The midnight births of the dramatic bright surges in Jupiter's aurora known as dawn storms are captured in a new study of data from the Juno space probe.
Astronomers using the VLA took advantage of the gravitational lensing provided by a distant cluster of galaxies to detect an even more-distant galaxy that probably is the faintest radio-emitting object ever found.
Lightning strikes were just as important as meteorites in creating the perfect conditions for life to emerge on Earth, according to new research. This shows that life could develop on Earth-like planets through the same mechanism at any time if atmospheric conditions are right.
One of the most profound discoveries in planetary science over the past 25 years is that worlds with oceans beneath layers of rock and ice are common in our solar system. Such worlds include the icy satellites of the giant planets, like Europa, Titan and Enceladus, and distant planets like Pluto.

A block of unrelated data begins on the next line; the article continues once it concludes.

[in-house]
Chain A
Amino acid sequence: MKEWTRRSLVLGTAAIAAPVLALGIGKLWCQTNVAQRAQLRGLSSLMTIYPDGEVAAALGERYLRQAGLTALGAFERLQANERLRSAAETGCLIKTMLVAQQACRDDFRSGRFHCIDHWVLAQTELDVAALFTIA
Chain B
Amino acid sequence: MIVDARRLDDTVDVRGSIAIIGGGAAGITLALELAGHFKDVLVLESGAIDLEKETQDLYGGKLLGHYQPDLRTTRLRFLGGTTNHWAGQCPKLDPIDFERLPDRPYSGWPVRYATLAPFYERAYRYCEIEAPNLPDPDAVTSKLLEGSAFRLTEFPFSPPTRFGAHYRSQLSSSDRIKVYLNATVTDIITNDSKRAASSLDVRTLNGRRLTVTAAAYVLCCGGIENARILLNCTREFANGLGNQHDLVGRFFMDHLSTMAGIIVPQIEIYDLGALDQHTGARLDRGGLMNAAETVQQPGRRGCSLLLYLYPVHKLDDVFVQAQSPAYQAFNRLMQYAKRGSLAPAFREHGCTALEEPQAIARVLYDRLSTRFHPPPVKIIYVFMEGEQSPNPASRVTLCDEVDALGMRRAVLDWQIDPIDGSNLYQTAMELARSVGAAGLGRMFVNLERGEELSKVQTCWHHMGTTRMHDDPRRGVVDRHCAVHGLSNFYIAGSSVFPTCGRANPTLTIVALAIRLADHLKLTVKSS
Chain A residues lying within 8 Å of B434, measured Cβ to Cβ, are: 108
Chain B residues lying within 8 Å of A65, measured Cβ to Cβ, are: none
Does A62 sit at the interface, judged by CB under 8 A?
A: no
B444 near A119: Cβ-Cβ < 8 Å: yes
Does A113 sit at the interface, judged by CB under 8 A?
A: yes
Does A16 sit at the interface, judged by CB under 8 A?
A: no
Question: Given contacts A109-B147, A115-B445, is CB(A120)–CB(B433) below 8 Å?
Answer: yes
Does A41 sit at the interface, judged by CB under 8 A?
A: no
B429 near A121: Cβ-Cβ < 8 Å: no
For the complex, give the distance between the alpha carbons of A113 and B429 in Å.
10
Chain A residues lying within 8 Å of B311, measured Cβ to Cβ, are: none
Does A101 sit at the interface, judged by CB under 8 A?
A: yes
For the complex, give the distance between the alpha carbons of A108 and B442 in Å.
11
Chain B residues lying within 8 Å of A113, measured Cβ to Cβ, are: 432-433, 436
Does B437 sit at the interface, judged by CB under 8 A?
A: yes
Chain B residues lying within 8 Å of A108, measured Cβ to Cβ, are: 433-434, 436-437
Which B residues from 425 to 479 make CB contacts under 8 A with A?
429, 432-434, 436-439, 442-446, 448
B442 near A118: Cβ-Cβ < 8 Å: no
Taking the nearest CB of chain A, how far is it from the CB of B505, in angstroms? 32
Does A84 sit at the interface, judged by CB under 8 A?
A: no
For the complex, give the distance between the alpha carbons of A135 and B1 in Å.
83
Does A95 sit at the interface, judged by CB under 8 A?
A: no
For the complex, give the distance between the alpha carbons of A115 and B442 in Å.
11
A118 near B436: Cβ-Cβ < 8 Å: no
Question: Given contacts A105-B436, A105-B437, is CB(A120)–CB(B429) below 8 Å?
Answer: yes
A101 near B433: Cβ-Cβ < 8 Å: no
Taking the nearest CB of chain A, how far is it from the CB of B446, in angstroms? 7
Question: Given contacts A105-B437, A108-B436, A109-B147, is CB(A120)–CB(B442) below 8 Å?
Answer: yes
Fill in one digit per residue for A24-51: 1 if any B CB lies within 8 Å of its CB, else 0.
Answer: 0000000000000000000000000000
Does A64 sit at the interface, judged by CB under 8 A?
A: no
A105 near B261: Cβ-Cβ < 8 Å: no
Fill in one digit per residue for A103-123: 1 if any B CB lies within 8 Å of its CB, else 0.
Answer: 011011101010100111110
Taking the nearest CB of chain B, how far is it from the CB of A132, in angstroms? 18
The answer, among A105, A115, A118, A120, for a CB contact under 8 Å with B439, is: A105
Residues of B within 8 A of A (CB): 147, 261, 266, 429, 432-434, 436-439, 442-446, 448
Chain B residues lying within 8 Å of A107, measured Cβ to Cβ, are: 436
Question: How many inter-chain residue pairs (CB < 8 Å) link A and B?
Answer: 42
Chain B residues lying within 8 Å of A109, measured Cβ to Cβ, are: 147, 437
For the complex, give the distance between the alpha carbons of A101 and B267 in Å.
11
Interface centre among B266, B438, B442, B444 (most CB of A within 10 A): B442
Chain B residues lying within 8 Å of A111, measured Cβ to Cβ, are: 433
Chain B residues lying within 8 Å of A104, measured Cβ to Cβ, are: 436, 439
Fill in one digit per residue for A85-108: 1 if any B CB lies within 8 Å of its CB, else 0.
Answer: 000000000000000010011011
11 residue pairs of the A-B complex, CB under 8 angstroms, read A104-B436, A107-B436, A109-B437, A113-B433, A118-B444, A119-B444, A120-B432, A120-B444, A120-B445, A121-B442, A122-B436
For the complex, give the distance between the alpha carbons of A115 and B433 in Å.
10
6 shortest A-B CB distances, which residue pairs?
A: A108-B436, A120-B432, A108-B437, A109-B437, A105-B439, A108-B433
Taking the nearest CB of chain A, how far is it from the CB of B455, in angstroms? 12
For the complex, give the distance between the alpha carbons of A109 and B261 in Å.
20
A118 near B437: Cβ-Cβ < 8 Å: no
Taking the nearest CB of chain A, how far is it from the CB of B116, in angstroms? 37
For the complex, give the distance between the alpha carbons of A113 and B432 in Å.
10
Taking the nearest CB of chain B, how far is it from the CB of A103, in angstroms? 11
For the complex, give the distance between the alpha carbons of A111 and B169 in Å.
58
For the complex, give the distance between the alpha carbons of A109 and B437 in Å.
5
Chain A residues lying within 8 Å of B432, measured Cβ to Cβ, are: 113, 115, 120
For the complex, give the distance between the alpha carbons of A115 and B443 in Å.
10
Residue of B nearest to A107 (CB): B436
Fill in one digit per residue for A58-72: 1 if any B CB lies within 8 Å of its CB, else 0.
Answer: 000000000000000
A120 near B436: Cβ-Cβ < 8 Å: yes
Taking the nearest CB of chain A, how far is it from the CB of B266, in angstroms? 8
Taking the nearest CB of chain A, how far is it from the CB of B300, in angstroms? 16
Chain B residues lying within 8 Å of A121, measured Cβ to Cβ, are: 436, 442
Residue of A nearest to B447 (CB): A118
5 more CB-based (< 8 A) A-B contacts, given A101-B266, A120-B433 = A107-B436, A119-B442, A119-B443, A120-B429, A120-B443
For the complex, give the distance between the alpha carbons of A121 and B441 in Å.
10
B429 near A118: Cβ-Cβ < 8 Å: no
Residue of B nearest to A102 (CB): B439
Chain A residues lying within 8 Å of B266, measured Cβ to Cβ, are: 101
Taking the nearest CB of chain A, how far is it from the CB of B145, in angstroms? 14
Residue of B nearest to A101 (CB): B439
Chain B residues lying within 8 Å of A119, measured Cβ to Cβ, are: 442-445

Using light from the Big Bang, an international team led by Cornell University and the U.S. Department of Energy's Lawrence Berkeley National Laboratory has begun to unveil the material which fuels galaxy formation.
A new study by University of Chicago and Stanford University researchers suggests that hot, rocky exoplanets could not only develop atmospheres full of water vapor, but keep them for long stretches.
The NANOGrav Collaboration recently captured the first signs of very low-frequency gravitational waves. Prof. Pedro Schwaller and Wolfram Ratzinger analyzed the data and considered the possibility of whether this may point towards new physics beyond the Standard Model. In an article published in the journal SciPost Physics, they report that the signal is consistent with both a phase transition in the early universe and the presence of a field of extremely light axion-like particles (ALPs).
eROSITA space telescope finds largest supernova remnant ever discovered with X-rays
Astronomers have painted their best picture yet of an RV Tauri variable, a rare type of stellar binary where two stars - one approaching the end of its life - orbit within a sprawling disk of dust. Their 130-year dataset spans the widest range of light yet collected for one of these systems, from radio to X-rays.
Scientists have long theorized that supermassive black holes can wander through space--but catching them in the act has proven difficult.